If you’re a fan of shopping, you can jump over to Singapore’s shopping mecca, Orchard Road to keep you busy in-between. And pick up a dim sum dinner at Tim Ho Wan, a Hong Kong export that’s wildly popular with food enthusiasts (the Plaza Singapura at 68 Orchard Rd).
Or, walk back to Chinatown to the Sri Mariamman Temple on South Bridge Road. Captivating Hindu ceremonies take place nightly at the temple and it’s free to enter aside from a small camera fee. Leave your shoes at the door. There are plenty of dining options here too.
Morning: Little India & Arab Street
Start your day in Little India, an buzzing ethnic neighborhood that shows off the best of Singapore’s Indian community from vibrant culture to incredible shopping.
The main street is Serangoon Road, but the best buildings, stores and photo opportunities are on the narrow streets which jut off from the main. There are many restaurants where you can enjoy breakfast, and Indian music blasts through almost every street.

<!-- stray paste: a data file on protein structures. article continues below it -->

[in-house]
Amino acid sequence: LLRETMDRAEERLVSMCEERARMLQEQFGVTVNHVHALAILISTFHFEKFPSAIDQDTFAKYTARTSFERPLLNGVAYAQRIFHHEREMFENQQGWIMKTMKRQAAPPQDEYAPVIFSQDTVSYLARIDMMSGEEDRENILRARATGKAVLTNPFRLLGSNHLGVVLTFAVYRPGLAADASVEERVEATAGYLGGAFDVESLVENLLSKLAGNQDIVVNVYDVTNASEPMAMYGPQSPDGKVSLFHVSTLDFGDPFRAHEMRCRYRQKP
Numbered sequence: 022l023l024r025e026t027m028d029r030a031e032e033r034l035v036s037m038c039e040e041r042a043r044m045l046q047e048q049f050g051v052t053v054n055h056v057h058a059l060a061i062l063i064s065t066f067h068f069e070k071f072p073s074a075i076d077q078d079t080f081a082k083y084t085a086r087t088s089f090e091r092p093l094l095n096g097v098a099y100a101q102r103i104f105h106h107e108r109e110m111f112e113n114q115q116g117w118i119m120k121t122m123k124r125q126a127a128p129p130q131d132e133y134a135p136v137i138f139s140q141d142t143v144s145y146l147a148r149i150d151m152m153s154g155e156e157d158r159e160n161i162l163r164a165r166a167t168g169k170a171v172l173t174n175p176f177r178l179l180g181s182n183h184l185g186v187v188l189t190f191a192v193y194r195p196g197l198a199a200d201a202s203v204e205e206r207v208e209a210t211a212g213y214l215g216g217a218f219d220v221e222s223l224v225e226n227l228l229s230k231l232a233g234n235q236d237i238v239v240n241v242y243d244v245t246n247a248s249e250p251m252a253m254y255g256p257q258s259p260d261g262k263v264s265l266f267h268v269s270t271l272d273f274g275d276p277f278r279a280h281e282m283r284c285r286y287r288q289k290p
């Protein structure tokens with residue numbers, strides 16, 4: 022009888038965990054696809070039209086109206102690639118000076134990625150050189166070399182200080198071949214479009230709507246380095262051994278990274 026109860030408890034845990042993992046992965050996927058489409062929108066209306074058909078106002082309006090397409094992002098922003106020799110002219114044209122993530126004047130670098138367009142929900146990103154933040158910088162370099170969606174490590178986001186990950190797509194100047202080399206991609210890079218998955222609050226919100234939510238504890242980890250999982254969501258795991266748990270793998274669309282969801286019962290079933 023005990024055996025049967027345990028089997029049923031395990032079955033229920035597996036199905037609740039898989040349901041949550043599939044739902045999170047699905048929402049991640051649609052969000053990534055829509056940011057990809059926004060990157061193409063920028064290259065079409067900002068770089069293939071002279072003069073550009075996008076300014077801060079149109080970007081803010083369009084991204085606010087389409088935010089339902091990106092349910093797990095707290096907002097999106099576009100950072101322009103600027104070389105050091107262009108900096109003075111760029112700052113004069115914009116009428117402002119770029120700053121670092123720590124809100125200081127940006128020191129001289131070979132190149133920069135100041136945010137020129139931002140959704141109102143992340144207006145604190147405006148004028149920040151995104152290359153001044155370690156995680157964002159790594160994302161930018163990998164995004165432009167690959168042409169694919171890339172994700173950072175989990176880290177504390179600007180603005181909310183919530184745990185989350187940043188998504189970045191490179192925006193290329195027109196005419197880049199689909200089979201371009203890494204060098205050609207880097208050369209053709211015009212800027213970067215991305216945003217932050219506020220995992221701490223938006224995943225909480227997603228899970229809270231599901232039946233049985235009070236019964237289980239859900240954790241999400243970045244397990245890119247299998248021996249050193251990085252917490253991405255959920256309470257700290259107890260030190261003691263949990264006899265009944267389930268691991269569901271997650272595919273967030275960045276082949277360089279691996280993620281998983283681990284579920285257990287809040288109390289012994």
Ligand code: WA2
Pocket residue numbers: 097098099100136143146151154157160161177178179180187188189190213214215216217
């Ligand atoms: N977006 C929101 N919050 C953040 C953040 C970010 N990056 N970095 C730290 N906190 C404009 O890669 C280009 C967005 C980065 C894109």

There are a mix of Hindu and Chinese temples, mosques and churches, though be sure to visit the Sri Veeramakaliamman Temple. This is the prettiest temple in Singapore, with hundreds of tiny statues depicting frescoes from the legends of the Goddess Kali.
From here walk to Arab street, the historic Muslim quarter where the golden dome of the iconic Sultan Mosque stands out amongst the area’s colourful shophouse streets.
Explore Arab Street, Bussorah Street, Haji and Bali Lanes and Muscat Street for Arab restaurants and boutiques selling brightly colored fabrics and textiles, Persian carpets, leather, perfumes, and jewellery.
Spend time inside the Masjid Sultan Mosque. With a history that reaches back 200 years, it welcomes people of all faiths who come to see the intricate design and architecture.
Afternoon: MacRitchie Reservoir Park